Ladies and Gentlemen, let's take a step sideways to introduce all of you to The Adjacency Table

Adjacency Table


A router can know about thousands or hundreds of thousands of destinations in its RIB/FIB, but will have only a small number of neighbors. Necessarily, many RIB/FIB entries will use the same forwarding information - the same next hop, the same outgoing interface, the same frame rewrite. In previous switching mechanisms, the forwarding information was either not stored, and therefore had to be gathered for every routed packet, or was cached (in a per-destination basis).

A smart router can think ahead, however. With the RIB populated, it already knows the IP addresses of individual next hops. The router can start preparing the complete forwarding information - outgoing interface, frame rewrite - even before the packets start flowing. All the necessary information is already available: The next hops are known from the RIB and their Layer2 addresses can be obtained through mechanisms that map Layer3 to Layer2 addresses (ARP and others similar tables). The complete forwarding information compiled from this data would then be placed into a standalone database called the adjacency table.

The adjacency table is a table holding, unsurprisingly, the list of all adjacencies known by the router. In this sense, an adjacency is the complete forwarding information for a directly connected neighbor: The outgoing interface toward the neighbor, and the complete Layer2 frame header that can be used to send packets to that neighbor. There may be other additional or management information included, but the outbound interface and the frame rewrite are the bare minimum.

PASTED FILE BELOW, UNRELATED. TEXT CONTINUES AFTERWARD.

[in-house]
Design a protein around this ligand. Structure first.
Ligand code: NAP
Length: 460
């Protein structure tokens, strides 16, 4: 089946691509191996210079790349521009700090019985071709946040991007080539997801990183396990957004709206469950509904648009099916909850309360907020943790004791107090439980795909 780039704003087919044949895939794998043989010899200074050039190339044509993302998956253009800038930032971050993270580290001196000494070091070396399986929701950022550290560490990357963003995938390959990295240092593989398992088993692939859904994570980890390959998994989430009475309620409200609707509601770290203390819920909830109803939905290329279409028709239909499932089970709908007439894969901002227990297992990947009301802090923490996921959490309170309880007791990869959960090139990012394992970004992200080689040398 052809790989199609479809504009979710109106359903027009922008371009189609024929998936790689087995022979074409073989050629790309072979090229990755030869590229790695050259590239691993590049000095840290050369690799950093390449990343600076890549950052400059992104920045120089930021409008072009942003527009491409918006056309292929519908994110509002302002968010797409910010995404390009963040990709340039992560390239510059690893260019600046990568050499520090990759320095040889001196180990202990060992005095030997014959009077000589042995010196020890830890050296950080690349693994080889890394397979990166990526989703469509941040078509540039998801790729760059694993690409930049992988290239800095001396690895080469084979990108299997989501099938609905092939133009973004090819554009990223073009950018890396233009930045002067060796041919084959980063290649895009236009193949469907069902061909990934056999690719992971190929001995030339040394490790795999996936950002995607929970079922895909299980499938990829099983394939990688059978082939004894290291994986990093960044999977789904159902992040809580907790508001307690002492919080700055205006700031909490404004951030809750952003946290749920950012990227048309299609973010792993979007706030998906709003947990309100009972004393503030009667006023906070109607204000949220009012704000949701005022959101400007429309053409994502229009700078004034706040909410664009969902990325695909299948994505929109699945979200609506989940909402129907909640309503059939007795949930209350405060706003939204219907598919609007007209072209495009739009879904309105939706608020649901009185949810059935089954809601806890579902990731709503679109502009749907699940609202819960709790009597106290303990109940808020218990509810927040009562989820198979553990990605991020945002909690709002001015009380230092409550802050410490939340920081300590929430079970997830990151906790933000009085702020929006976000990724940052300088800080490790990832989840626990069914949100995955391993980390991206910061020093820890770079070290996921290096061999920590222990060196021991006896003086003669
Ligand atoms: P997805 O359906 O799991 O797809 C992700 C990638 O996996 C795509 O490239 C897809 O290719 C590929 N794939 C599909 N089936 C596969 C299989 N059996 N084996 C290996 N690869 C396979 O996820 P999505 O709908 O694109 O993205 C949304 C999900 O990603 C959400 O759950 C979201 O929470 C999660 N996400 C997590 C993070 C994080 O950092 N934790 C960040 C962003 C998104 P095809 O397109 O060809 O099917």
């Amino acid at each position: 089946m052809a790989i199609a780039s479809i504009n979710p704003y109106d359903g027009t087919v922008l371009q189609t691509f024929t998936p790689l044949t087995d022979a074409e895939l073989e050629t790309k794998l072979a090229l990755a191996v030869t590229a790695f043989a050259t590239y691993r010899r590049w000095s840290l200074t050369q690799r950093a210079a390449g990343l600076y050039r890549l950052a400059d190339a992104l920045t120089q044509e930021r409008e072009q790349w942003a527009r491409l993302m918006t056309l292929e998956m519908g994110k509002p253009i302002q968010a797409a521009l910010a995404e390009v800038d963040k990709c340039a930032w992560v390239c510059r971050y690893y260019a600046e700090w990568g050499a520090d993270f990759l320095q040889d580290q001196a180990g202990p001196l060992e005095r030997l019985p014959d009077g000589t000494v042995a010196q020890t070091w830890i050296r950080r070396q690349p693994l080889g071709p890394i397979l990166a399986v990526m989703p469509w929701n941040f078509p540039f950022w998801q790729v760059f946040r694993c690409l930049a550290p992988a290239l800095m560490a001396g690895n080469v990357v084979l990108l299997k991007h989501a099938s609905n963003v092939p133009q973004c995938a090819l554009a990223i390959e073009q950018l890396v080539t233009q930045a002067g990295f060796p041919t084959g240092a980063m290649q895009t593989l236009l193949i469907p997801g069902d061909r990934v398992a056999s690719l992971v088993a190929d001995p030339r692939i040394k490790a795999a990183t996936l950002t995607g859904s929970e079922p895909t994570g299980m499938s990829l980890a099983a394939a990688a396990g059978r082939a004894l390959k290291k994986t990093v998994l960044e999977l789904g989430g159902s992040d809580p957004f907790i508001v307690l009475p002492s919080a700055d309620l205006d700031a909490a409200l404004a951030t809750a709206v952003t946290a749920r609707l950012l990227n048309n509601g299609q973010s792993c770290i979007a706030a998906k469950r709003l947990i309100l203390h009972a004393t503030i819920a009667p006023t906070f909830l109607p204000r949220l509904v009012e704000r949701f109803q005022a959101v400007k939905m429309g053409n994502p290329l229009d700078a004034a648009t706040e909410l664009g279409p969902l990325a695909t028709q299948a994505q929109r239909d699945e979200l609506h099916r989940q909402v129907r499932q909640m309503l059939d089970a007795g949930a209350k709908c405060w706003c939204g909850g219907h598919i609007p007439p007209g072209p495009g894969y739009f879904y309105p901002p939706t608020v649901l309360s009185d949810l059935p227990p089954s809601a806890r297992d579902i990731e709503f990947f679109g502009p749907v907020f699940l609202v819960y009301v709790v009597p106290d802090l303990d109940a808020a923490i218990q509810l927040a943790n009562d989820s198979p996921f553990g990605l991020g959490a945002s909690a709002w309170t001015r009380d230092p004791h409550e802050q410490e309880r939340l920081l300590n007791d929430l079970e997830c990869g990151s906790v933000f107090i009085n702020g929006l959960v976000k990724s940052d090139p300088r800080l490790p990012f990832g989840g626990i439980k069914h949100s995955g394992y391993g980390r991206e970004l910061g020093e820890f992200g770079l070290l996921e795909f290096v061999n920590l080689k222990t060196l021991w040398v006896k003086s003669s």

To illustrate what the adjacency table contains, consider the following topology: Routers R1, R2 and R3 are adjacent to each other, and also R3 is adjacent to 3 end user desktops. There is a subinterface between R2 and R3 and an untagged interface between R3 and the end hosts.


Lets focus only in R3 for the sake of brevity. As explained before, the adjacency table would contain information from other tables already prepared so packets can be swiftly forwarded.

Identifying the interfaces in R3 we obtain their MAC addresses:

R3# show int Ethernet2/5 | in address

  Hardware is AmdP2, address is ca03.20a4.003d (bia ca03.20a4.003d)

  Internet address is

R3# show int Ethernet1/3 | in address

  Hardware is AmdP2, address is ca03.20a4.001f (bia ca03.20a4.001f)

  Internet address is

R3# show int Ethernet2/3 | in address

  Hardware is AmdP2, address is ca03.20a4.003b (bia ca03.20a4.003b)

  Internet address is

What about the ARP table?

R3# show ip arp | ex -

Protocol  Address Age (min) Hardware Addr  Type Interface

Internet    12  ca01.4a40.001f  ARPA  Ethernet1/3

Internet    12  ca02.2904.003b  ARPA  Ethernet2/3

Internet  183  0050.7966.6800  ARPA  Ethernet2/5

Internet  192  0050.7966.6801  ARPA  Ethernet2/5

Internet  216  0050.7966.6802  ARPA  Ethernet2/5

Internet  19  ca02.2904.003b  ARPA  Ethernet2/3.100

The entries marked in red are routers, and the ones marked in blue are the end hosts. What would the adjacency table contain if we were to route packets from R3 to one of the end hosts?

R3# show adjacency detail

Protocol Interface          Address

<omitted for brevity>


IP      Ethernet2/5

                            0 packets, 0 bytes

                            epoch 0

                            sourced in sev-epoch 0

                            Encap length 14